Pōhaku, a 13-year-old female, passed away last Wednesday at the Marine Mammal Center's Ke Kai Ola facility on Hawaiʻi Island. She had been battling a parasitic disease known as toxoplasmosis.
Earlier this year, Pōhaku was taken to NOAA's Honolulu facility after displaying signs of distress at a Ko Olina lagoon. She later was found to have toxoplasmosis -- a disease caused by parasites found in the feces of cats that get into the ocean.
"For Hawaiian monk seals, this disease presents itself in a very aggressive way," said Michelle Barbieri, head of NOAA's Hawaiian Monk Seal Research Program.
Barbieri says a majority of the seals with toxoplasmosis either die before they are brought in for treatment, or shortly after being transferred. But in Pōhaku's case, NOAA officials were able to respond quickly and help her through the initial days of being infected.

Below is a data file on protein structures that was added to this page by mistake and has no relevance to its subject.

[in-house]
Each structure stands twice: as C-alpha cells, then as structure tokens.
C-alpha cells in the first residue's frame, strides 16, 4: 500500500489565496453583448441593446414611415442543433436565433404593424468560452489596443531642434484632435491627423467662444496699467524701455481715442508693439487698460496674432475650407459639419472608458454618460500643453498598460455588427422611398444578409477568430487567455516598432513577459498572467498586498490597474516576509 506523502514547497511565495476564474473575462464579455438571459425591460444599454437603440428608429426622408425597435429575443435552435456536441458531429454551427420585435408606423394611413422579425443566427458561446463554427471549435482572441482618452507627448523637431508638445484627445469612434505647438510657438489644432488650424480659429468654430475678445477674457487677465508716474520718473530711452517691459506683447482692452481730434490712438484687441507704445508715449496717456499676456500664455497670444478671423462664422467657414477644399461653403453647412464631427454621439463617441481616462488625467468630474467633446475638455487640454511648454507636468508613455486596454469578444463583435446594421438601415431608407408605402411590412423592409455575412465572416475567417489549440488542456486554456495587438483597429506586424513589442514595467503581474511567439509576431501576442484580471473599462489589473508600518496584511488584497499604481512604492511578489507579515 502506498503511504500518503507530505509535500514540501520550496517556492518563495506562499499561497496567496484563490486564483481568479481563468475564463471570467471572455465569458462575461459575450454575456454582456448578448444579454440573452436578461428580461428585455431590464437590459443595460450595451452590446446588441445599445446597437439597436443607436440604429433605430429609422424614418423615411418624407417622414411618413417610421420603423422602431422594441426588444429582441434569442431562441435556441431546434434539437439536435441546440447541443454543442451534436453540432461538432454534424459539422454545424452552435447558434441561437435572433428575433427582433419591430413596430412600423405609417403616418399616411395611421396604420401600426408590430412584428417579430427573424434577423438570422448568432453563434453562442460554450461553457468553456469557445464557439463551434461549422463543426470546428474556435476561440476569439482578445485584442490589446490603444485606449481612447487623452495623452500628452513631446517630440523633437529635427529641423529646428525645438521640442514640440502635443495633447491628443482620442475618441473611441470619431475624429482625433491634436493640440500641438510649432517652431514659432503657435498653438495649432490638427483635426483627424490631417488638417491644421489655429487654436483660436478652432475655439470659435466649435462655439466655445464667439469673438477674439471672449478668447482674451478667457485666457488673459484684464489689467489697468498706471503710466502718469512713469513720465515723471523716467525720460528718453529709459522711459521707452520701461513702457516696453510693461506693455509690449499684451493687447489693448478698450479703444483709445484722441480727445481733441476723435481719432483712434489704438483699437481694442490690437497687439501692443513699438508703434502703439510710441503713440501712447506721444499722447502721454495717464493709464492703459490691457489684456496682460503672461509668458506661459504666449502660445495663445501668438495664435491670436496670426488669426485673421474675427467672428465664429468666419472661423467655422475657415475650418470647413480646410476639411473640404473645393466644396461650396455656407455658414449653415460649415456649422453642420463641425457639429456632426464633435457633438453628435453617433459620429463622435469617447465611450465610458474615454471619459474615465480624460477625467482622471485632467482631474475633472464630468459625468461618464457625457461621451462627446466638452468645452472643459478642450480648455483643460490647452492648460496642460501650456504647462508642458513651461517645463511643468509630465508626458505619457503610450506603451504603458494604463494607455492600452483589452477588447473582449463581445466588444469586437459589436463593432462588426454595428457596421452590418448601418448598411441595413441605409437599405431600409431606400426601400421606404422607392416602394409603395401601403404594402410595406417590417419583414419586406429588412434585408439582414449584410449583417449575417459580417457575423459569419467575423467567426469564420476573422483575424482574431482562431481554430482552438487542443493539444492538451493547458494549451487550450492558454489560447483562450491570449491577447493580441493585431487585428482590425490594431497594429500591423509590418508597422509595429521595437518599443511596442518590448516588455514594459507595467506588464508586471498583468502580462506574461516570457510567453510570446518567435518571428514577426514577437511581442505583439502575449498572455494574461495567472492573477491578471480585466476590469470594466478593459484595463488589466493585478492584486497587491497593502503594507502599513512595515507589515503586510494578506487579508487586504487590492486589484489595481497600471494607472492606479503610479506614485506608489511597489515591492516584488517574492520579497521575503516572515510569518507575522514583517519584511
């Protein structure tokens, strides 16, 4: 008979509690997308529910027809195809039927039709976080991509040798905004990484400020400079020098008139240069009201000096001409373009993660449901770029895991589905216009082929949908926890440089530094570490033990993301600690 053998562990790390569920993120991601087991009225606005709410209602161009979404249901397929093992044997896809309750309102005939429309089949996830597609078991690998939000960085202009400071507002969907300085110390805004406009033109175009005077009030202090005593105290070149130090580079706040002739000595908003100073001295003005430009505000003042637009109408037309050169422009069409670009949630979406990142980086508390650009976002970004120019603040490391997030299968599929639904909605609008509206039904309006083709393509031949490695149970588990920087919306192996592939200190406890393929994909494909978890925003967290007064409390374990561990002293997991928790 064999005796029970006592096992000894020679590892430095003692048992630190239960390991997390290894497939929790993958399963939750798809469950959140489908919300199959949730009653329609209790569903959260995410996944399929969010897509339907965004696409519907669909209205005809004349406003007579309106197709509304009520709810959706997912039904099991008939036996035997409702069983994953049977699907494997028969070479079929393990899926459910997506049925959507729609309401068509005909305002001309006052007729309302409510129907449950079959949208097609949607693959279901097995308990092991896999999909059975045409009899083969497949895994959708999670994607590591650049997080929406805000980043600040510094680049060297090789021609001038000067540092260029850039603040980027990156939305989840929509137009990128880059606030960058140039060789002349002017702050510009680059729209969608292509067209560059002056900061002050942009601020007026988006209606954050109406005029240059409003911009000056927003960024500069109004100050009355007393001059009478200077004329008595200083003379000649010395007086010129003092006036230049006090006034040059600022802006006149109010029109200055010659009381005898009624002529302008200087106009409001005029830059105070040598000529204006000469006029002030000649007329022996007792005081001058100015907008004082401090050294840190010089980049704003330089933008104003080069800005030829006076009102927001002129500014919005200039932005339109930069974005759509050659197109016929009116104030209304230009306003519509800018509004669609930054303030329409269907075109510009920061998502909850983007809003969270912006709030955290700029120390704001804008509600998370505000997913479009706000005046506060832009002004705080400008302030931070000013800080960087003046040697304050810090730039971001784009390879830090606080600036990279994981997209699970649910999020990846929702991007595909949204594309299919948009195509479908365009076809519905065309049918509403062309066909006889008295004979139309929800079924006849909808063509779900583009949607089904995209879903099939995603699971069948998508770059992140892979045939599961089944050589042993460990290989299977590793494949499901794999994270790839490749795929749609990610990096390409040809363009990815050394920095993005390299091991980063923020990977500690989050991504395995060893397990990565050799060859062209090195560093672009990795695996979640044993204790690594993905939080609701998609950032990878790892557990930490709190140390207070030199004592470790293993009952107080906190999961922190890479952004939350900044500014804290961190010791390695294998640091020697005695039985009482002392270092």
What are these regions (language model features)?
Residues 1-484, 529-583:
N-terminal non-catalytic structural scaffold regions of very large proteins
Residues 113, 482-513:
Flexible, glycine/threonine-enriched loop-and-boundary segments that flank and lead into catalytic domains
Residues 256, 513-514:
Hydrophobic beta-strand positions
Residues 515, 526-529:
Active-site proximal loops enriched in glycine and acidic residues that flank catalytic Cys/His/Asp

Once stabilized, Pōhaku was transferred to Kona for treatment, where she had spent the last ten weeks. That's the longest a monk seal has been treated for the disease.
Barbieri says treating a monk seal with toxoplasmosis is expensive and very labor intensive. She noted that one of the methods used to give Pōhaku medicine was orally.
"For a 500 pound animal, it's quite challenging," she said. "Especially when it's a seal that's not swimming normally, not moving normally, and is not eating on her own."
While researchers were able to learn a lot about the disease and how to improve treating toxoplamosis in monk seals, Barbieri says treating seals is not the answer.
"We need to find solutions that get the parasite out of the environment and reduce the potential for that parasite to continue to be introduced into our ecosystem," she said.
Barbieri says losing a female monk seal to the disease has a great impact on the survival of the species. Pōhaku had seven pups throughout her life, and researchers would have expected her to be able to raise more pups for several more years.